Walk to the western side of the harbor, and take the elevator up to the Monaco-Ville district of Monaco (also called Le Rocher, the rock). This is the most picturesque part of Monaco, being an old fortified town of medieval houses, criss-cross streets and shaded alleyways. There are plenty of characterful stores for shopaholics, or for the shop-weary, enticing cafes and bars for a drink and snack. Monaco-Ville is also home to some major sights - the Prince's Palace, the Cathedral, the Oceanographic Museum, and the Saint Martin Gardens.
The Oceanographic Museum (Musee Oceanographie) is a fabulous aquarium/museum showcasing a wide collection of Mediterranean sea-life. The renowned diver Jacques Cousteau was director of the musuem for more than 30 years, and his spirit still lives on in the fascinating and exciting displays.
Palais du Prince
The Palais du Prince is home to the Grimaldi family, who hare ruled the principality from this palace since 1297. A guided tour will introduce you to the history of Monaco, and take you through the palace, visiting lavish rooms decorated with stunning furniture and artwork. Lovers of the silver screen will pause at the portrait of Grace Kelly, the talented actress and wife of Rainier III.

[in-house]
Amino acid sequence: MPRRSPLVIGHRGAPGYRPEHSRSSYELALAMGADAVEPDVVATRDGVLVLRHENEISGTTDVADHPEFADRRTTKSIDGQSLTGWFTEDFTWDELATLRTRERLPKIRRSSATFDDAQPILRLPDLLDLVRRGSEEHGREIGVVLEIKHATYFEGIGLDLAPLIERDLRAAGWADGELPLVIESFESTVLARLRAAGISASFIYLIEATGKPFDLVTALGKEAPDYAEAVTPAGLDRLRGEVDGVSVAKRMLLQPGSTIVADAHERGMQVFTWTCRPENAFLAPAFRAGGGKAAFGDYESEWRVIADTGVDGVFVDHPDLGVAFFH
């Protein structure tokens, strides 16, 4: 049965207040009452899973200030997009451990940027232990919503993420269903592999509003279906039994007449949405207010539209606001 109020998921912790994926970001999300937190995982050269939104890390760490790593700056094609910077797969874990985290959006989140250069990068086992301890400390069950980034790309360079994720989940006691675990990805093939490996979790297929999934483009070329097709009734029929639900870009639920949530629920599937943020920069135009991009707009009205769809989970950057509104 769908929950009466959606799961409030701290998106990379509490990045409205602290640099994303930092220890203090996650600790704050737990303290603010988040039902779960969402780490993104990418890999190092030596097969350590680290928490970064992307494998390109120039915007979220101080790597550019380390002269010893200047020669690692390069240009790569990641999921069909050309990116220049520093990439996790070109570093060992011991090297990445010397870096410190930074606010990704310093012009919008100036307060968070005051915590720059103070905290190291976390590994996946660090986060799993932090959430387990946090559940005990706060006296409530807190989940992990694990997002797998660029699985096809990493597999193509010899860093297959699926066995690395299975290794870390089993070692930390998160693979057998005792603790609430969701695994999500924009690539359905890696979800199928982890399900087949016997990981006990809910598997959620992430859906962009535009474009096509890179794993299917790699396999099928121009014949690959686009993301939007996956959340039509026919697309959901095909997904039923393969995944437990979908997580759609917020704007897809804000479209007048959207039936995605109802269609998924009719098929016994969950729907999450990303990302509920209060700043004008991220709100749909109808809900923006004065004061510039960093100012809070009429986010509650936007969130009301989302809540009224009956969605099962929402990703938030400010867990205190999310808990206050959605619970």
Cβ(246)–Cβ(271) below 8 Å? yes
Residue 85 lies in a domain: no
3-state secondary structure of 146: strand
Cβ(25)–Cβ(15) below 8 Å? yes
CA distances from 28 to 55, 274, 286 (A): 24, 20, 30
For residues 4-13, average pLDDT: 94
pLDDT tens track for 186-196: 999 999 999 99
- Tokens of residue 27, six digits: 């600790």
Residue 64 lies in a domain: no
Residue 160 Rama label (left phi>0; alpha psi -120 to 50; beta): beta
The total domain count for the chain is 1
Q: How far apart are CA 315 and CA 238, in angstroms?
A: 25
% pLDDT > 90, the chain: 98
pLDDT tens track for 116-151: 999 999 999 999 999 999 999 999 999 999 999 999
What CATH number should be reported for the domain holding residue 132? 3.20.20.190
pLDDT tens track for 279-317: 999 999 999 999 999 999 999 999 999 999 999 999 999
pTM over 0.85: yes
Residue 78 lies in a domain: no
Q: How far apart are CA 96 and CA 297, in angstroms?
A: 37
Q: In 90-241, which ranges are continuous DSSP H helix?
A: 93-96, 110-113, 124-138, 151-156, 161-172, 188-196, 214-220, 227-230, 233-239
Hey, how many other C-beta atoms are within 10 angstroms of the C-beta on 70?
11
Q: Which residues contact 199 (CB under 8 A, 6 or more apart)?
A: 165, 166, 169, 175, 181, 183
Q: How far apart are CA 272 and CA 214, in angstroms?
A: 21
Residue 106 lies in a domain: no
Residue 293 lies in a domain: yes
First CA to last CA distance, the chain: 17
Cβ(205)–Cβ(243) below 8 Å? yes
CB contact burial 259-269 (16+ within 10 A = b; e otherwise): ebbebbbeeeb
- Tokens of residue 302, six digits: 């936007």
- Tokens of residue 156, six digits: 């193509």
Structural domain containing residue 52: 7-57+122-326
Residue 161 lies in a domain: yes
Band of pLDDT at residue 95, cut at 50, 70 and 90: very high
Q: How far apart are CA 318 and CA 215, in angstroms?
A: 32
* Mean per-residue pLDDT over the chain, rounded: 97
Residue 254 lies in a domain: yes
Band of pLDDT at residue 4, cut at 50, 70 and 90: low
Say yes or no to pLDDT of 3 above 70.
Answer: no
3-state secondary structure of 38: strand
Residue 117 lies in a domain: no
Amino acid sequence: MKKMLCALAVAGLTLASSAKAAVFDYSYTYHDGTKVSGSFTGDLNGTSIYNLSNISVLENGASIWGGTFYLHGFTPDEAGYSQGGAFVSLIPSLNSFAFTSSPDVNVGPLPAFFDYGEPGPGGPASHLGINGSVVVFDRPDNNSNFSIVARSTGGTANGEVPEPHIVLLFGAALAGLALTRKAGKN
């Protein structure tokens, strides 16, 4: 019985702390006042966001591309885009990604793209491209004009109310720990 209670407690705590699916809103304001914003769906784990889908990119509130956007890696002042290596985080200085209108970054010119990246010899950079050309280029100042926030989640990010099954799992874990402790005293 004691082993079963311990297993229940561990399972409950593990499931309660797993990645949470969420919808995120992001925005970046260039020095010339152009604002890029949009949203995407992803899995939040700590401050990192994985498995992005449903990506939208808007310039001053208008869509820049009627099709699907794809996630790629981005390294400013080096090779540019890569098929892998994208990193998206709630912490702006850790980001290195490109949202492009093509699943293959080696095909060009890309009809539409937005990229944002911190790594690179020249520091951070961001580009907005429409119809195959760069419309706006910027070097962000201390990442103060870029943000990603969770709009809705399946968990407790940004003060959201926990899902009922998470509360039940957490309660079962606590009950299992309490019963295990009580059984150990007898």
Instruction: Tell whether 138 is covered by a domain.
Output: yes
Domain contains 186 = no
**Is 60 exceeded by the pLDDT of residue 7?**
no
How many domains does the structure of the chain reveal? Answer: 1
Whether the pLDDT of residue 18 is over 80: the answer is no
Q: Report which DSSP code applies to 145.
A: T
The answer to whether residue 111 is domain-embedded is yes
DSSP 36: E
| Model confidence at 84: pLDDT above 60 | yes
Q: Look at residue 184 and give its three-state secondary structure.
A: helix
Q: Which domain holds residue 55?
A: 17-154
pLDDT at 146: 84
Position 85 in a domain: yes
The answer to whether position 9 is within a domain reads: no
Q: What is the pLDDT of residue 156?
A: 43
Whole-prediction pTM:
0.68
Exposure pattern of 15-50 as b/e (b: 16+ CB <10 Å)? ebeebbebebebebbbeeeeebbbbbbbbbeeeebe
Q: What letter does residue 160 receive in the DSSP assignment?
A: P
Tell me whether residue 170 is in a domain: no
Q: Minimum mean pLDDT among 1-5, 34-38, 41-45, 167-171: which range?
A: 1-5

Walk around the harbor in an opposite direction from Monaco-Ville until you are across from the cruise ship pier, then take an elevator ride up to the fabulous Grand Casino. This famous casino is also called the Monte Carlo casino, as the casino sits in the Monte-Carlo district, one of the four districts of Monaco. The casino opens from 2pm, and be warned that there's a dress-code, so break out your smart-casual gear for the visit. Serious gamers will want to visit the Salon Europe (for European and English Roulette, Trente et Quarante, Punto Banco), or the Salle des Amériques (for Black Jack, Craps, American Roulette). As Lady Luck blesses you (or not!), make sure you admire the luxurious furnishings and spectacular decor.
Cafe de Paris
The Café de Paris is a cafe restaurant in archetypal 1900s Belle Epoque Parisian style. It's a bit of a tourist trap, but enjoyable none-the-less, as you imagine yourself in a Toulouse-Lautrec painting. Situated on the Place du Casino, next to the Grand Casino.
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